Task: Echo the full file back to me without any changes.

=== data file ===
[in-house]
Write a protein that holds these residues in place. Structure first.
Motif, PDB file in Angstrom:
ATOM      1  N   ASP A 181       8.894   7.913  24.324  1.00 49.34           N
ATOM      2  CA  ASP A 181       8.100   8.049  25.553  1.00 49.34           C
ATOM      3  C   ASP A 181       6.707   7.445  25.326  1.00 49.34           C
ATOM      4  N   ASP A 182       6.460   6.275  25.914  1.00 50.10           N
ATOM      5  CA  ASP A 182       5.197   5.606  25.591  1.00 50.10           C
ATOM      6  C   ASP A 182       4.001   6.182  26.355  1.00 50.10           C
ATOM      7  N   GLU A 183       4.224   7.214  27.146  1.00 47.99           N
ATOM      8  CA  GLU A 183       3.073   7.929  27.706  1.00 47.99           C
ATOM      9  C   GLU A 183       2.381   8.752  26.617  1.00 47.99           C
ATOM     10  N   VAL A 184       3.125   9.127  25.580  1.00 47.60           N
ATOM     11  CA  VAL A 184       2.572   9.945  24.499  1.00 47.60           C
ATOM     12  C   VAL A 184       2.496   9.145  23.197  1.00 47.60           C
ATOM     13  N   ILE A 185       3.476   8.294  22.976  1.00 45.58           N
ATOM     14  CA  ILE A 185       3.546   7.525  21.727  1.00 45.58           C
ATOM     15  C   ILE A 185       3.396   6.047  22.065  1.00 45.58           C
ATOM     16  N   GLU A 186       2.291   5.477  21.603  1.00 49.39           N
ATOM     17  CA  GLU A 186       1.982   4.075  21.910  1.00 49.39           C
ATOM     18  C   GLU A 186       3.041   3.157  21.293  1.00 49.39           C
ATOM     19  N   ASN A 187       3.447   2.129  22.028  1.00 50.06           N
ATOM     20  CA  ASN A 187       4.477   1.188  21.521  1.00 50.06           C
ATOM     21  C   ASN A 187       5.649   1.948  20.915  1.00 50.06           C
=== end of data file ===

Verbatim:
[in-house]
Write a protein that holds these residues in place. Structure first.
Motif, PDB file in Angstrom:
ATOM      1  N   ASP A 181       8.894   7.913  24.324  1.00 49.34           N
ATOM      2  CA  ASP A 181       8.100   8.049  25.553  1.00 49.34           C
ATOM      3  C   ASP A 181       6.707   7.445  25.326  1.00 49.34           C
ATOM      4  N   ASP A 182       6.460   6.275  25.914  1.00 50.10           N
ATOM      5  CA  ASP A 182       5.197   5.606  25.591  1.00 50.10           C
ATOM      6  C   ASP A 182       4.001   6.182  26.355  1.00 50.10           C
ATOM      7  N   GLU A 183       4.224   7.214  27.146  1.00 47.99           N
ATOM      8  CA  GLU A 183       3.073   7.929  27.706  1.00 47.99           C
ATOM      9  C   GLU A 183       2.381   8.752  26.617  1.00 47.99           C
ATOM     10  N   VAL A 184       3.125   9.127  25.580  1.00 47.60           N
ATOM     11  CA  VAL A 184       2.572   9.945  24.499  1.00 47.60           C
ATOM     12  C   VAL A 184       2.496   9.145  23.197  1.00 47.60           C
ATOM     13  N   ILE A 185       3.476   8.294  22.976  1.00 45.58           N
ATOM     14  CA  ILE A 185       3.546   7.525  21.727  1.00 45.58           C
ATOM     15  C   ILE A 185       3.396   6.047  22.065  1.00 45.58           C
ATOM     16  N   GLU A 186       2.291   5.477  21.603  1.00 49.39           N
ATOM     17  CA  GLU A 186       1.982   4.075  21.910  1.00 49.39           C
ATOM     18  C   GLU A 186       3.041   3.157  21.293  1.00 49.39           C
ATOM     19  N   ASN A 187       3.447   2.129  22.028  1.00 50.06           N
ATOM     20  CA  ASN A 187       4.477   1.188  21.521  1.00 50.06           C
ATOM     21  C   ASN A 187       5.649   1.948  20.915  1.00 50.06           C